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Broken lives—picking up the pieces

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Fourth Sunday of Easter – April 29, 2018

Psalm 23, Romans 8:37-39 and Acts 16:16-34

When I heard about the horrific bus crash close to Humboldt, Saskatchewan where initially fourteen people lost their lives it first hit me as just another horrible accident. Then, as the days started rolling by, something else kicked in that caught me by surprise. I was utterly amazed at how deeply this accident affected the whole of Canada, across the country and then even wider into the United States. I slowly learned that the whole ice hockey community, along with the entire nation of Canada was in mourning. This is due in part because so many Canadian families can identify with the bus trip, either personally or as having their kids or family members regularly travelling on buses. Whether it be for hockey or any number of other sports teams, travel via bus is common so it hit close to home for many people. But it also speaks to how hockey is weaved into the fabric of Canada. This struck me as something beautiful. We are all united in the deeply-felt grief due to the loss of the Bronco hockey players, their head-coach as well as the woman who worked among them as a trainer.  It’s truly amazing how a very large country can become like a small family when tragedies like this happen.

When anyone dies, it is sad. But there is a deeper sadness when young people die, Each one of them basically leaves parents behind and that is simply not the natural order of life and loss. Life will never be the same for the mothers and fathers, friends, brothers or sisters of these young people. People are broken and there are so many pieces to pick up.  On Sunday evening after the accident, Carina and I watched the vigil that was held in Humboldt. Our eyes became teary too, our throats had a lump as we watched it all unfold in that arena.

But, as Father Raymond de Souza wrote in the National Post, there is a grace-side to what happened: “Through eyes blurry with tears the entire nation has watched the people of Humboldt respond to the deaths of thosemen. In the face of immense suffering and loss, the way they have responded has been a lesson in grace.”

“…the people of Humboldt got it right,” Father de Souza continues. “It was beautiful in a painful way, and taught us that pain and beauty sometimes go together. You can see a clear example of that in paintings of Jesus in the agony of crucifixion.

The team chaplain, Pastor Sean Brandow contributed at the service too.  He had come upon the scene shortly after the crash.  He began with, “All I saw was darkness, fear and confusion.” And later when he was at the hospital with the relatives of the living and those deceased, he spoke of receiving thousands of texts and he explained how he really needed them. “We all need to hear these things,” he said, “that support …Families need to hear that people support you, that people love you and are praying.”

 “But it was so dark, I really needed to hear from God too,” pastor Brandowcontinued. “Four words from God were bigger than a thousand words from any human being. Those words ….I am with you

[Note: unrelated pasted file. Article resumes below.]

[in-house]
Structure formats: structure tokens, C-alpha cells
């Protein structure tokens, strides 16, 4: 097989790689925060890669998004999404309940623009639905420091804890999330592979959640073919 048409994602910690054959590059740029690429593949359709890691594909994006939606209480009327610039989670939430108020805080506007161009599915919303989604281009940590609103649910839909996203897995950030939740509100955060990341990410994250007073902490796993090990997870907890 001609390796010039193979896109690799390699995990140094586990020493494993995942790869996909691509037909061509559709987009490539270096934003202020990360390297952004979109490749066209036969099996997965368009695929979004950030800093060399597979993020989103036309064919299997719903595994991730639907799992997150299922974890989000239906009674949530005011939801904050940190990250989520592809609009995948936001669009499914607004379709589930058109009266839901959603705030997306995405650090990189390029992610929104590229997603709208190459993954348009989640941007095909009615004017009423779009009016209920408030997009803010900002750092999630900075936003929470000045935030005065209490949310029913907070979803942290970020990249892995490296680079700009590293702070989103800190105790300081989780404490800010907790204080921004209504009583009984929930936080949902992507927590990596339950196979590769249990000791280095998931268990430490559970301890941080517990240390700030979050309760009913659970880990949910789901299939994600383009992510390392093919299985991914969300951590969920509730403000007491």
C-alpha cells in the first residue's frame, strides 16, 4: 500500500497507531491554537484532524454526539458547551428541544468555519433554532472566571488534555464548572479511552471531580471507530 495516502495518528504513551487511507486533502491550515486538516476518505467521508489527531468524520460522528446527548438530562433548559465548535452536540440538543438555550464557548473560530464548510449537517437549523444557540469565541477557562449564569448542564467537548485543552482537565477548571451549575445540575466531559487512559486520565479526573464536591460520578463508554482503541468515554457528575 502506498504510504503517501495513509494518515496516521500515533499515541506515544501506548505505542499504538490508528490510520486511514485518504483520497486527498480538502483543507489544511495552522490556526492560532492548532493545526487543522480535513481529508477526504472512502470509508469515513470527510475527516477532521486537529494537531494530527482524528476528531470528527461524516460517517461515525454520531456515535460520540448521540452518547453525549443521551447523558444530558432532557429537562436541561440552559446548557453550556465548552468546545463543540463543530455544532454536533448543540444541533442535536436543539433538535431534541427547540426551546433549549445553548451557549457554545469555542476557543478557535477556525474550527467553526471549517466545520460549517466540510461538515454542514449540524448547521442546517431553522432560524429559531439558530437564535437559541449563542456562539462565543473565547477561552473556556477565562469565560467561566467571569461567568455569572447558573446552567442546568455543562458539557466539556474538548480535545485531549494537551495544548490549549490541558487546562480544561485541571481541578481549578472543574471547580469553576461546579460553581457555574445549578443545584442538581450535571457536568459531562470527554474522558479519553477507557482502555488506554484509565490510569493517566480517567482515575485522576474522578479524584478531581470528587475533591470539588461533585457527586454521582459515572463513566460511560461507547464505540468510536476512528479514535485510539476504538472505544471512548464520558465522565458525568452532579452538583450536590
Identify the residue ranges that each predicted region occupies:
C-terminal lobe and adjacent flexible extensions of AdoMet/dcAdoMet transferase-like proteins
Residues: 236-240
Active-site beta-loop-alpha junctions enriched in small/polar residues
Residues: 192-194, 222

These familiar words from Psalm 23 that often bring us comfort, “I fear no evil because You are with me,”were what brought him relief.  And that answer is the only answer that Christians have at such tragic heart-breaking moments: “Yes, God is with me.”

At the conclusion of his powerful preaching, through his own tears, Pastor Brandow spoke of the scars on the body of Jesus, risen from the dead.

“It’s clear in the scriptures that God has scars. Even after the resurrection, the scars remain. Scars come from wounds. And the Christian puts their faith in the God who counts Himself among the wounded, the suffering, the dead.

“The wounds are still fresh in Humboldt. The scars will come in time”, Pastor Brandow told the folks at the vigil. Try to remember that God’s scars are a definite indication how much God identifies with our human crises.”

 In the book of Acts that we read from this morning, there was a different kind of human crisis. In this crisis, Paul and Silas learned how to deal with a very tough situation. The two of them had been imprisoned and were tied in chains. They were nevertheless still singing hymns in the middle of the night appearing not in the least bit concerned.  All of a sudden there was an earthquake that shook their chains loose as well as all the doors of the prison. The jailer who was put in charge woke up and wanted to kill himself with his own sword because he thought thathe’d allowed the prisoners to escape. But Paul and Silas were calm in the face of the earthquake and did not try to escape. Through their faith, they found a way of keeping their cool. The crisis did not throw them off.

Fast forward to 2018 as we think of the Humboldt Broncos tragedy. Do we get lost in despair? Or can we gather ourselves and listen to what Paul says to reassure us in Romans chapter 8.  “Be calm in the faith that neither death, nor life, nor angels, nor rulers, nor things present, nor things to come, nor powers, nor height, nor depth, nor anything else in all creation, will be able to separate us from the love of God in Christ Jesus our Lord?”  

This assurance comes from an Easter faith.  We know that the end of everything on earth, is only the beginning of much more in eternity. This might eventually heal the wounds that have been so deeply inflicted on so many people in such crises.  Not just the wounds of the Humboldt Broncos but those from so many other events we hear of throughout the world.  Let’s also remember our Easter faith in the trials and tribulations and sometimes even tragedies that we face in our own lives right here, right now. 


Copyright 2018 – Heinrich Grosskopf, Minister of Dayspring Presbyterian Church

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